Doctors have been complaining loudly about the dramatic price increases that have recently been applied to many prescription drugs. Pharmaceutical investors have been buying the rights to many of these products and inflating their prices exponentially, which has really hurt consumers who rely on them to treat their many ailments.
It seems that these actions have now drawn the attention of the Senate. A special committee has recently sent letters to four large pharmaceutical companies asking for documents to explain the increased prices on certain prescription drugs.
Members of this special committee are extremely concerned about the huge price increases. “Some of the recent actions we've seen in the pharmaceutical industry – with corporate acquistions followed by dramatic increases in the prices of pre-existing drugs – have looked like little more than price gouging,” said Sen. Claire McCaskill (Mo.).
“We need to get to the bottom of why we're seeing huge spikes in drug prices that seemingly have no relationship to research and development costs. I'm proud to help lead this bipartisan investigation so that we can find some answers the public wants and deserves.”
Drug price hikes
The four companies that were sent letters include Turing Pharmaceuticals, Rodelis Therapeutics, Tetrophin Inc., and Valeant Pharmaceuticals. Turing Pharmaceuticals raised the price of a drug meant to treat malaria and toxoplasmosis from $13.50 per pill to $750 per pill; Rodelis Therapeutics acquired the rights to a drug meant to treat drug-resistant tuberculosis – raising the price from $17 per pill to $360 per pill; Retrophin Inc. took over rights for Thiola – a drug used to treat kidney disease – and raised the price from $1.50 per pill to $30 per pill.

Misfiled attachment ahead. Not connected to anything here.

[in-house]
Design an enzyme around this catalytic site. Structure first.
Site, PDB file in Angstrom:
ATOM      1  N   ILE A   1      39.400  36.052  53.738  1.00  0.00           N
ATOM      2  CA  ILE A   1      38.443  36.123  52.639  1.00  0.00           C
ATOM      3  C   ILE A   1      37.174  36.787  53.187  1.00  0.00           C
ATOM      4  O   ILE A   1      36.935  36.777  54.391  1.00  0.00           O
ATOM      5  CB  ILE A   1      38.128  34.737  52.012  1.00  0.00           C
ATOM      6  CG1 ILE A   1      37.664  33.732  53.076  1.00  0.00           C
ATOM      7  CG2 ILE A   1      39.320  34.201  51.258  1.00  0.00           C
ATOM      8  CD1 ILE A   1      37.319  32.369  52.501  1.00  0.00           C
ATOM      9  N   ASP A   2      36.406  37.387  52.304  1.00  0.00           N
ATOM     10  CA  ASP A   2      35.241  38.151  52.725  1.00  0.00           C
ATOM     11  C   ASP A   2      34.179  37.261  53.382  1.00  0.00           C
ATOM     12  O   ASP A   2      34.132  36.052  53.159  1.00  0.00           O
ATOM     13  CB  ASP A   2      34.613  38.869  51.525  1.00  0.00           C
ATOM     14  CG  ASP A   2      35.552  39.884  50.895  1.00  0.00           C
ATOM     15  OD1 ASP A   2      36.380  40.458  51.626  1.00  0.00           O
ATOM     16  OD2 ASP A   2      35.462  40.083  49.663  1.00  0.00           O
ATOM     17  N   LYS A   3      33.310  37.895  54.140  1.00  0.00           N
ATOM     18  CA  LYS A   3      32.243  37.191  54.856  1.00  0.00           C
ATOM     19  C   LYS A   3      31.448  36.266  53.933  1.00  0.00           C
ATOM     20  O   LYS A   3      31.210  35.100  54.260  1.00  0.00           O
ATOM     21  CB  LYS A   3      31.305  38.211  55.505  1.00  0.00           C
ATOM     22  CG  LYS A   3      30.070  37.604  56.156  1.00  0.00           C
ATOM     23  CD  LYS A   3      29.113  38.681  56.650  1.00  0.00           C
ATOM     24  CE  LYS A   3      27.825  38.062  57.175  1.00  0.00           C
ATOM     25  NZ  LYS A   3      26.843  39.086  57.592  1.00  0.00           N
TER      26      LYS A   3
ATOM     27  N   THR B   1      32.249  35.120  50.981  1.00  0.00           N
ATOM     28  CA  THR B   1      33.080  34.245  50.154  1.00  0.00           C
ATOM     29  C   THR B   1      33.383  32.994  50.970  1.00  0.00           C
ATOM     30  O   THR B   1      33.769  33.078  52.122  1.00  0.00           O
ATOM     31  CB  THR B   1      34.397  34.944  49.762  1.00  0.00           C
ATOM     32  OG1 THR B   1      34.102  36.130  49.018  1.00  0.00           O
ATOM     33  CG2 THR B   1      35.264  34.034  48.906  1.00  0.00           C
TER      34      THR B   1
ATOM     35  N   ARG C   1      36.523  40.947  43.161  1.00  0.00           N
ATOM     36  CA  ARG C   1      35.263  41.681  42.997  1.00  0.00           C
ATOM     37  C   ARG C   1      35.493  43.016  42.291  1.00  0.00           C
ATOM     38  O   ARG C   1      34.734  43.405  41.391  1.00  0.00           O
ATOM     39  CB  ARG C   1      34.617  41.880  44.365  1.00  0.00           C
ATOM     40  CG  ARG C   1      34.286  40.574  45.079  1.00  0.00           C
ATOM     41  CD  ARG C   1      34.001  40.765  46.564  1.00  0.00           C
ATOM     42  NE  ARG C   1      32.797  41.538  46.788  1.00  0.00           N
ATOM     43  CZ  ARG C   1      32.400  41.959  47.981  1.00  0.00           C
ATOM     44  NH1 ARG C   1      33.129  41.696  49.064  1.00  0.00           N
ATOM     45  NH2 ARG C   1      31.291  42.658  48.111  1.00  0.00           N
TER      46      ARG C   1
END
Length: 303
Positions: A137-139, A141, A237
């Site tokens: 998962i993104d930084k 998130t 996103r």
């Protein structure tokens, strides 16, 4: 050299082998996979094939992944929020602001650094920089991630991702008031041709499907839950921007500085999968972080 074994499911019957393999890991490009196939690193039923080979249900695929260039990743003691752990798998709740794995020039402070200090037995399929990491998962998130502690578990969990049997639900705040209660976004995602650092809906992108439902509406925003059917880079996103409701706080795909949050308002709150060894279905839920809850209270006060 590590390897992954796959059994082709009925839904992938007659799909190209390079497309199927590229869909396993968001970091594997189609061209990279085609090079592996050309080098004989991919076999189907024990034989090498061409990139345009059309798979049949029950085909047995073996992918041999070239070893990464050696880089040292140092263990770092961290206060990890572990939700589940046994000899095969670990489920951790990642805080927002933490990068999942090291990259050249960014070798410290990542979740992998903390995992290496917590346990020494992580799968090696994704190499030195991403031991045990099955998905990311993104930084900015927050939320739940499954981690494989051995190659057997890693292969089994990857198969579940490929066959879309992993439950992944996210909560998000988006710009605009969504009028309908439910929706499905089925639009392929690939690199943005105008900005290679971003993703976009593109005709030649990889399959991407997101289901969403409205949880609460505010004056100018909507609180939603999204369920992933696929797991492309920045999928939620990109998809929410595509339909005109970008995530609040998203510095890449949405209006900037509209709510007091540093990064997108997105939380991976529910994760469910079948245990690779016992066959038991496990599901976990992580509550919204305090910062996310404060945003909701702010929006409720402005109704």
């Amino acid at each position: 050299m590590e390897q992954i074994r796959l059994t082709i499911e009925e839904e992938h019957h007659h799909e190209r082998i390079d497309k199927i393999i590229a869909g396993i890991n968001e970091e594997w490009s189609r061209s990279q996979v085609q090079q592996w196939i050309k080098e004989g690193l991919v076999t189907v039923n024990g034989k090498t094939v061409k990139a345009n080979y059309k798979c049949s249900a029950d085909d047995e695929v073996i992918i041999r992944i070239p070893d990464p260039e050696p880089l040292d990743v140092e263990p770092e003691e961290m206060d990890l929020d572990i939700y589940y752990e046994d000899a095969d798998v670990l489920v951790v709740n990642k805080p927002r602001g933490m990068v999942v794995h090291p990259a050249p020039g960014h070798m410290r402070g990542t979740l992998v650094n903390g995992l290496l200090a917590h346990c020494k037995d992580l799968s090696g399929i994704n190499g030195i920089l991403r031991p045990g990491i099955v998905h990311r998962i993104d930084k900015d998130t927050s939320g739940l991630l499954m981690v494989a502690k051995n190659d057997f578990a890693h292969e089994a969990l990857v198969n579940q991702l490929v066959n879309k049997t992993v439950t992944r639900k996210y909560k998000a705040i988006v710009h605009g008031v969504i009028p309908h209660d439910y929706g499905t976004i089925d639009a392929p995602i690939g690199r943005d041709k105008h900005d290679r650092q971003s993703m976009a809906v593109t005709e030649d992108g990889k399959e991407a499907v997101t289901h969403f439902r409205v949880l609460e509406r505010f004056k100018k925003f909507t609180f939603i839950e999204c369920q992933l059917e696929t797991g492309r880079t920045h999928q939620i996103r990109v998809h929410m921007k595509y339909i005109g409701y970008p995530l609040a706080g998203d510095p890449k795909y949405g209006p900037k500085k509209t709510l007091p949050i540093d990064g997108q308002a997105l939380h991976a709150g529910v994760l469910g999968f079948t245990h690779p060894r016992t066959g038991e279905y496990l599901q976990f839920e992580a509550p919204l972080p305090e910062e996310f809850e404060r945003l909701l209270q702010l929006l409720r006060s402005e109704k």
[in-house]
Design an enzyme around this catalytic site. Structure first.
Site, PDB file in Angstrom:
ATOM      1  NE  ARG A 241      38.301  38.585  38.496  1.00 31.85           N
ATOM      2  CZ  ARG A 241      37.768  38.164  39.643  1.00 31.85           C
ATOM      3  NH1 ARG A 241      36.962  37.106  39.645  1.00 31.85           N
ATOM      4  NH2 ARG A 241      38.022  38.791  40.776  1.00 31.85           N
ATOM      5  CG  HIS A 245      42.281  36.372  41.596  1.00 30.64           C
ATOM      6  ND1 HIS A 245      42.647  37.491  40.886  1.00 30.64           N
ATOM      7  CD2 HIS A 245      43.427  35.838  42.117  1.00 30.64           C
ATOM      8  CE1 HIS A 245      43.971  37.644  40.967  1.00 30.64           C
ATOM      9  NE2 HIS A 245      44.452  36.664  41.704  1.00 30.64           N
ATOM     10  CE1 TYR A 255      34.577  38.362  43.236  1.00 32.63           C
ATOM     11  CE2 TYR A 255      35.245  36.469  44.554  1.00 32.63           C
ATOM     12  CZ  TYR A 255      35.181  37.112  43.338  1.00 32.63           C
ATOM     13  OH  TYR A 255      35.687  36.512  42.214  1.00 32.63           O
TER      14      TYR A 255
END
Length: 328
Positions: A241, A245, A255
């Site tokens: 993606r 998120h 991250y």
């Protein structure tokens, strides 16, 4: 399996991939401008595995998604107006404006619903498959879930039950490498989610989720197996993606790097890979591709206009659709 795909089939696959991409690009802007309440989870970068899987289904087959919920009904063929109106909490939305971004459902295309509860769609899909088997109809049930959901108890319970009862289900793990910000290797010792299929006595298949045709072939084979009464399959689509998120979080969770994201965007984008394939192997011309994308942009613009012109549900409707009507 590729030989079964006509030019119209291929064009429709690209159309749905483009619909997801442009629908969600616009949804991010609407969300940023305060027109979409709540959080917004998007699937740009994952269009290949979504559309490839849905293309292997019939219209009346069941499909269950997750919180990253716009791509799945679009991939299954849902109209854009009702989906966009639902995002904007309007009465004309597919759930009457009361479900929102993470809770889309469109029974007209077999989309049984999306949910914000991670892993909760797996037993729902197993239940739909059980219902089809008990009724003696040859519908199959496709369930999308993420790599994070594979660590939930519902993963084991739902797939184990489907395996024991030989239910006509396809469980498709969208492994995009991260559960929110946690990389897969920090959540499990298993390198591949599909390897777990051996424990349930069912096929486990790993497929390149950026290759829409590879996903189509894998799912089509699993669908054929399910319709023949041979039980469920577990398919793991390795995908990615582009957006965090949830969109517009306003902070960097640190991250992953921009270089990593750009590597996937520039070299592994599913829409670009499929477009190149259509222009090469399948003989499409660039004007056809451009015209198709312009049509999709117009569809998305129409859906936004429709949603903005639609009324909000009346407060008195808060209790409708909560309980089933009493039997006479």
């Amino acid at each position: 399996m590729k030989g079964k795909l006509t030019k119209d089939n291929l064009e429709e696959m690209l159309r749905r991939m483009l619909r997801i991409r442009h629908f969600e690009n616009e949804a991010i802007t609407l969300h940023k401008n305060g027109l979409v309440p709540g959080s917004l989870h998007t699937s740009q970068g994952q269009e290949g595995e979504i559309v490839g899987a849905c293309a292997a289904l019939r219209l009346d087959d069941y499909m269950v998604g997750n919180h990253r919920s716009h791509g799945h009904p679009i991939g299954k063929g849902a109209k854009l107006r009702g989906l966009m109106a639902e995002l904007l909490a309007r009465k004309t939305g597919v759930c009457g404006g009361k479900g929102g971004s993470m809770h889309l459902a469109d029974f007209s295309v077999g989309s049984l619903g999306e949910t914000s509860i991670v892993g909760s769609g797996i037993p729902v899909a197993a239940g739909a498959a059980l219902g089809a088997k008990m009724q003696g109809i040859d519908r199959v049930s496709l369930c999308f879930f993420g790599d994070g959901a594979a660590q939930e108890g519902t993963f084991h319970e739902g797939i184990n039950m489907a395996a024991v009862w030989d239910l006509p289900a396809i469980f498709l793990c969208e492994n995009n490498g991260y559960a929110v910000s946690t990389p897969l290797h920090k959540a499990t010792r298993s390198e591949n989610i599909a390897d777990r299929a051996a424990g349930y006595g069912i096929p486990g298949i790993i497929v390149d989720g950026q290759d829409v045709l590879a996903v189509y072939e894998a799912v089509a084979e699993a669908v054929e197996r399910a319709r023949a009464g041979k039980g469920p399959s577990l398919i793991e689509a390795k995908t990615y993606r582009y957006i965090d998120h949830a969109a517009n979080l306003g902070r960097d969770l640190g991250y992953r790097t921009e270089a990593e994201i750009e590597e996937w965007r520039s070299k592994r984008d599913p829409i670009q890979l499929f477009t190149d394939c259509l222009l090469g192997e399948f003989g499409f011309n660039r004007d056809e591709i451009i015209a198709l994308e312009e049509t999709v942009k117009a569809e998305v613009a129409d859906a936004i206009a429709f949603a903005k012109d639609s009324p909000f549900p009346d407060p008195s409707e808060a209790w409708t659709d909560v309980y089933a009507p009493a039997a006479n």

The final company, Valeant Pharmaceuticals, has been asked about price increases on three different drugs that it has acquired the rights to. Nitropress, a drug used to treat cardiac arrest, rose in price from $215 per vial to $1,346 – a 625% increase. A similar price increase occurred for another cardiac drug called Isuprel, which went from costing $180 per ampule to $1,472 per ampule. The last drug, Cuprimine, is designed to treat Wilson's disease; it's price rose from $8.88 per capsule to $262 per capsule – an increase of 2,900%.
Inflating health care costs
“The sudden, aggressive price hikes for a variety of drugs used widely for decades affect patients and health care providers and the overall cost of health care. These substantial increases have the potential to inflate the cost of health care for Americans, especially our seniors, by hundreds of millions of dollars each year,” said Sen. Susan Collins (Maine).
“Given the potential harm to patients across our country who rely on these drugs for critical care and treatment, the Senate special Committee on Aging considers these massive price increases worthy of a serious, bipartisan investigation into the causes, impacts, and potential solutions.”
Each company has been asked to present all the requested information to the committee by December 2.